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There should be agreement on the quantitative aspects, and my guess is that
this stuff would not cut it. It doesn't seem serious to me. Passionate though.
If accurate graphs for different bikes were available, I think it would be a
decent start to rationally understanding the implications of design to the
rider. I can see a big role for engineers, but it's really down to how designs
are interpreted by different types of riders. Riding a bike is an interesting
design problem as I see it because it's the interaction between a machine and
an active human that forms the functional unit. Engineers should be able to
effectively apply the physics and mechanics to the bike, but how well do they
really understand the load capacities of riders' arms, legs and their dynamic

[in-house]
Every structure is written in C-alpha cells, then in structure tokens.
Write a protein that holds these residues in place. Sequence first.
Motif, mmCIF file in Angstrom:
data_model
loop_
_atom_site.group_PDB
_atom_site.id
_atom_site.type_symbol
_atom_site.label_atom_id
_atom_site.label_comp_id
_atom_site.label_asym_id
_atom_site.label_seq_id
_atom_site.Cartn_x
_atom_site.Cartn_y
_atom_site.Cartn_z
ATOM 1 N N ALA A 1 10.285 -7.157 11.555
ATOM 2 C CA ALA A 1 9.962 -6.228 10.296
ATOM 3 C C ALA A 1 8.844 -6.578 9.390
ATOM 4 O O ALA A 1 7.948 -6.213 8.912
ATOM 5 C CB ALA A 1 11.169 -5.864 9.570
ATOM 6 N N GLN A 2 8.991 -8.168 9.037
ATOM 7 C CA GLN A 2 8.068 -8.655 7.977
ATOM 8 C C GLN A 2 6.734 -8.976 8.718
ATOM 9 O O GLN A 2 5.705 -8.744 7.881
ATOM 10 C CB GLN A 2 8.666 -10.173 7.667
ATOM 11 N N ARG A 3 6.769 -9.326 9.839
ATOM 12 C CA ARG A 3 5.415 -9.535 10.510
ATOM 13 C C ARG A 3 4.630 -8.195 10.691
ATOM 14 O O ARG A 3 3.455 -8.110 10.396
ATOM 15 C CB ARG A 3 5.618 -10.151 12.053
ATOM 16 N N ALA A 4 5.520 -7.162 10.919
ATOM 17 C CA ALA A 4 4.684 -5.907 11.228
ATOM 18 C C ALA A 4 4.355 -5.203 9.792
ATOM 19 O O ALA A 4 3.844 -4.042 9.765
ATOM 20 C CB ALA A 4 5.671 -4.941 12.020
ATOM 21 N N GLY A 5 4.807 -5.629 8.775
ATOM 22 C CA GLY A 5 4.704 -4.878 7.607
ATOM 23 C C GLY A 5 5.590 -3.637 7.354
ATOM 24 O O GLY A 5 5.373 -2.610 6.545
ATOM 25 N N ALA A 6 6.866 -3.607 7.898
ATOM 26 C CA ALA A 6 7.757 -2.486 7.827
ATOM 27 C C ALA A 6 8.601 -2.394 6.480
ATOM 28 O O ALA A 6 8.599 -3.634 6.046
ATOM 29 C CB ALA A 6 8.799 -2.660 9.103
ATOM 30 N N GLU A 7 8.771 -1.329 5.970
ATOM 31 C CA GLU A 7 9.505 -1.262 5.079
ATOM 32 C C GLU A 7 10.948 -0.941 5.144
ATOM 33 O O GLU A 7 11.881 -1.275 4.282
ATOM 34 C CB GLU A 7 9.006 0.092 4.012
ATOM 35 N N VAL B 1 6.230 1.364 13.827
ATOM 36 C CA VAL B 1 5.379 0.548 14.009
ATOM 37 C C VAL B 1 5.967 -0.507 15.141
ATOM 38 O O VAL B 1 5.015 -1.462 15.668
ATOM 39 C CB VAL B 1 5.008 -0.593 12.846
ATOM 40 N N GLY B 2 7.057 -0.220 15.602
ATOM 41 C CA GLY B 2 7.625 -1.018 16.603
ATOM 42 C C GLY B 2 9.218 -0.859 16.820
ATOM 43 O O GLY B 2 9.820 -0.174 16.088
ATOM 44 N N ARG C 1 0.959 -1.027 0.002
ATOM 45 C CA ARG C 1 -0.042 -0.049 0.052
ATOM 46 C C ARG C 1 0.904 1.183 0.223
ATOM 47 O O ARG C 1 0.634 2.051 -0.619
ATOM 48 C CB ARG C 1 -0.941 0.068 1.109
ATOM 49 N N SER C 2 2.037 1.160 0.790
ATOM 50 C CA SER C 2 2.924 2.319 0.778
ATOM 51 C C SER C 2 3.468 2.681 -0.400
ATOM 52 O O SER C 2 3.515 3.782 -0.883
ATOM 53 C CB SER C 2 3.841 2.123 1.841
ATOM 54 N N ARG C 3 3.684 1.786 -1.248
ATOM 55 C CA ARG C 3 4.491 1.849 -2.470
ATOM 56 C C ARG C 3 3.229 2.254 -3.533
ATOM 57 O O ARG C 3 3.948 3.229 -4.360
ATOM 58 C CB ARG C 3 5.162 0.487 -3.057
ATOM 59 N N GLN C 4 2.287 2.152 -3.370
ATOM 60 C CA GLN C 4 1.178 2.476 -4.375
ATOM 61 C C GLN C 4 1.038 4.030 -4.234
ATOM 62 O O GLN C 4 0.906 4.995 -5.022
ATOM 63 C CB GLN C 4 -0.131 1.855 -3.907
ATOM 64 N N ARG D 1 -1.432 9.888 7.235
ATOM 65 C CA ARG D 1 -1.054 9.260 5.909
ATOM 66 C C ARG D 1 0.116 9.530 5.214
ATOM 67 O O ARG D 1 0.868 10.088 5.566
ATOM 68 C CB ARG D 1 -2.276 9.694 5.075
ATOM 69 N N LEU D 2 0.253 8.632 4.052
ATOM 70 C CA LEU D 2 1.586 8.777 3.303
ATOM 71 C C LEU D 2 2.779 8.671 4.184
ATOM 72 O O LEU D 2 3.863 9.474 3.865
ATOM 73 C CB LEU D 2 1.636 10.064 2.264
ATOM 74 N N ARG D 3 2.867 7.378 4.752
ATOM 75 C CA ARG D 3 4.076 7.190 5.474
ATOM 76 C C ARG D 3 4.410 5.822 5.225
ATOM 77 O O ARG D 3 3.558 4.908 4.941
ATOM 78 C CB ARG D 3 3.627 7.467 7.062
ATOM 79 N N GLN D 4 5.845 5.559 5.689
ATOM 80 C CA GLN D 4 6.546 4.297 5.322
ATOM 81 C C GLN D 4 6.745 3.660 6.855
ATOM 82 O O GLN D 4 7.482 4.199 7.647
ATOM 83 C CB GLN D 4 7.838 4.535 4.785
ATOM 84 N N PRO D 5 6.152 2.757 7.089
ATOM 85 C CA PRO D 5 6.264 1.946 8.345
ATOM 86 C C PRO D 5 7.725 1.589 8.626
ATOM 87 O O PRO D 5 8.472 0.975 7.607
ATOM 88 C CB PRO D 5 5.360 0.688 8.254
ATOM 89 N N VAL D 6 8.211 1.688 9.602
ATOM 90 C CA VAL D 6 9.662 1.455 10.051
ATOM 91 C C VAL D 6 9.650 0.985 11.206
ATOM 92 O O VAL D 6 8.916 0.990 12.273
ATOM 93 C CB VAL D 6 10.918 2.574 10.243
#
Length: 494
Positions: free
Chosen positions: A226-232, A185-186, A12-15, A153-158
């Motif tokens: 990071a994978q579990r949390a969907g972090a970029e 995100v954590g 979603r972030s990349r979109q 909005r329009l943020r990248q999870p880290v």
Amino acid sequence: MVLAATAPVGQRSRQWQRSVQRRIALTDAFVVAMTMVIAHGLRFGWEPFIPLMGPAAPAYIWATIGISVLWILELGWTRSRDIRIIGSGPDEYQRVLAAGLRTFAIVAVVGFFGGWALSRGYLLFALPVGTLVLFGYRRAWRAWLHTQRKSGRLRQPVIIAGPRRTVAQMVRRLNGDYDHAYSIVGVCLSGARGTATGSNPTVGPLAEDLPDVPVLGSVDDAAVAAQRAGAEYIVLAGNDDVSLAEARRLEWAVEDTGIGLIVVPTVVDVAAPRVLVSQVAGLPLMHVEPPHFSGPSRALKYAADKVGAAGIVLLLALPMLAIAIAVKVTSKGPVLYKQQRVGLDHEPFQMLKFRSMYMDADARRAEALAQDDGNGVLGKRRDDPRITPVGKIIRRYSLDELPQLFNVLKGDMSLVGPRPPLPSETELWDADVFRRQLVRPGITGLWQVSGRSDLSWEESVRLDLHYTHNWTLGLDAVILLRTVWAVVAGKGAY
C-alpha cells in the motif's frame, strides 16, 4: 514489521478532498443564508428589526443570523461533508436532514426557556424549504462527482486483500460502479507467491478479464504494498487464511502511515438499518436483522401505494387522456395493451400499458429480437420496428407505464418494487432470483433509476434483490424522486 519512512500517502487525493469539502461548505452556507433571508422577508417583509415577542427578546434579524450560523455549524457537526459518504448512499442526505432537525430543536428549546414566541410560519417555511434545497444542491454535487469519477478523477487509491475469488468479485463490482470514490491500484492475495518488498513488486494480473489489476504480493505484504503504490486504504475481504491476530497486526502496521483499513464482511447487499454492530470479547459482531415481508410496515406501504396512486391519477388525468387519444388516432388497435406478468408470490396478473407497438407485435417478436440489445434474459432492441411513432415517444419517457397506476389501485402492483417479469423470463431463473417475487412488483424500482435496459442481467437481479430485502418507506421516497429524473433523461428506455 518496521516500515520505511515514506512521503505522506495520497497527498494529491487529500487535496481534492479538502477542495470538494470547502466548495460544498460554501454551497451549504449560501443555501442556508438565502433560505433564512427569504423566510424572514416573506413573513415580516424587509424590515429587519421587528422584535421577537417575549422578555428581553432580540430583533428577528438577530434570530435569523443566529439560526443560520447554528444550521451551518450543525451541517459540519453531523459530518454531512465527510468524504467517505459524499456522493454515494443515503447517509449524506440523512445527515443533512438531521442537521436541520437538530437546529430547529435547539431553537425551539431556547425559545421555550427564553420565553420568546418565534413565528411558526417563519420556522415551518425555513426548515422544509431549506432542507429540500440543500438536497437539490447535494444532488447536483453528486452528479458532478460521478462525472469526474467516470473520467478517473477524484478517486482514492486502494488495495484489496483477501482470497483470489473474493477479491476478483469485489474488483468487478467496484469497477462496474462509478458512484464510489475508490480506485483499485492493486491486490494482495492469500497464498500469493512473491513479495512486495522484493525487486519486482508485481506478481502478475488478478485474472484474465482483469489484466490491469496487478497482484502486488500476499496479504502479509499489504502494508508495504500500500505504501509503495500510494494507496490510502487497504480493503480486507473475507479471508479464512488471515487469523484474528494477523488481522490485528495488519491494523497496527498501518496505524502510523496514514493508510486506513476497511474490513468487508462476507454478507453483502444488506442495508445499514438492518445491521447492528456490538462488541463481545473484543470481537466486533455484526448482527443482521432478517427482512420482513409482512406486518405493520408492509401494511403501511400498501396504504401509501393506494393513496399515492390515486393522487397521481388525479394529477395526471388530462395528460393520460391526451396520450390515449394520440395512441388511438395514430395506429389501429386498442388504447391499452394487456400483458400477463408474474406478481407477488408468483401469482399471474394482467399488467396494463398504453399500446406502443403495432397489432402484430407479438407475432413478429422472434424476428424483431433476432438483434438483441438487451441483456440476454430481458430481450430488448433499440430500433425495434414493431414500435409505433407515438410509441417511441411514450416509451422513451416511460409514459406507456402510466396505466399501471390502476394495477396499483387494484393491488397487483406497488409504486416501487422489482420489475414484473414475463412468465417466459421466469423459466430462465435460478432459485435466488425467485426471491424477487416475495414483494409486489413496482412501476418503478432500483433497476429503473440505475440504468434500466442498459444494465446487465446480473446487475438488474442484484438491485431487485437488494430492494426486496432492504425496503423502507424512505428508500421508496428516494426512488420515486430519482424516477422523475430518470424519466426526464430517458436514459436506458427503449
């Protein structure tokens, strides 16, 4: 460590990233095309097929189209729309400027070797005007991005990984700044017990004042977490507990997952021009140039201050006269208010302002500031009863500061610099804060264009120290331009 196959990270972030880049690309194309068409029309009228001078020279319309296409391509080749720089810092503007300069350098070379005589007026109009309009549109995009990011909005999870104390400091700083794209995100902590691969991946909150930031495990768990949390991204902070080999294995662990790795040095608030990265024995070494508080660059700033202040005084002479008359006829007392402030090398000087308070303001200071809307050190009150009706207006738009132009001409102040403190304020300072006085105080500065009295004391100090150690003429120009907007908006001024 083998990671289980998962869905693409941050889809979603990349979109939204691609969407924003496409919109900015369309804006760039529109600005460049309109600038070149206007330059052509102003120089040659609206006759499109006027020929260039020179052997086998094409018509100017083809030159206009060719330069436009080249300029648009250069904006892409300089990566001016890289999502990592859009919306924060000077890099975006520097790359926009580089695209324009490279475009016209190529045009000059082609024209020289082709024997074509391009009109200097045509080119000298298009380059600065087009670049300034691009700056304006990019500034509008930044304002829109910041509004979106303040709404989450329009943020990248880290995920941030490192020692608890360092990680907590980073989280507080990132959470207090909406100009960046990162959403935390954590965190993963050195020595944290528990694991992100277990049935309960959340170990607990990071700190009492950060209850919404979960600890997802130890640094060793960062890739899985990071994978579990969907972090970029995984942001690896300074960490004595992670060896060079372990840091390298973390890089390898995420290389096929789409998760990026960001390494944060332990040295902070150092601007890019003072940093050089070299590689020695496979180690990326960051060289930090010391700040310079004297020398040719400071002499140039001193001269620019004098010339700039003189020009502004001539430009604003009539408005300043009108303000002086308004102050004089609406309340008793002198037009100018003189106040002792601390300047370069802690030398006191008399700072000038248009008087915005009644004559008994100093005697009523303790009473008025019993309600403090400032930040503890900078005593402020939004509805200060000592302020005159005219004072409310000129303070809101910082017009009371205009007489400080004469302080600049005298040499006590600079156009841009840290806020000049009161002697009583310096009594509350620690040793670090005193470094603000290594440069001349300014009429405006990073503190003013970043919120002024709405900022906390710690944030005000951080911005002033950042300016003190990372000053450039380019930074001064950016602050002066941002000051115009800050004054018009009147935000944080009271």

ranges of extension and compression? My guess is that we're in the place we
are now through empirical trial and error with little consideration for those
things. It's not the quickest route from point A to point B, but it does work.
On the other hand, it does seem that there has been some rational application
of using drive train forces to counter changes to the centre of mass during
acceleration. The marketing suggests so at least.
Maybe I'm wrong there. You interact with designers periodically I imagine and
they talk about aspects they considered in design. Do they factor in the human
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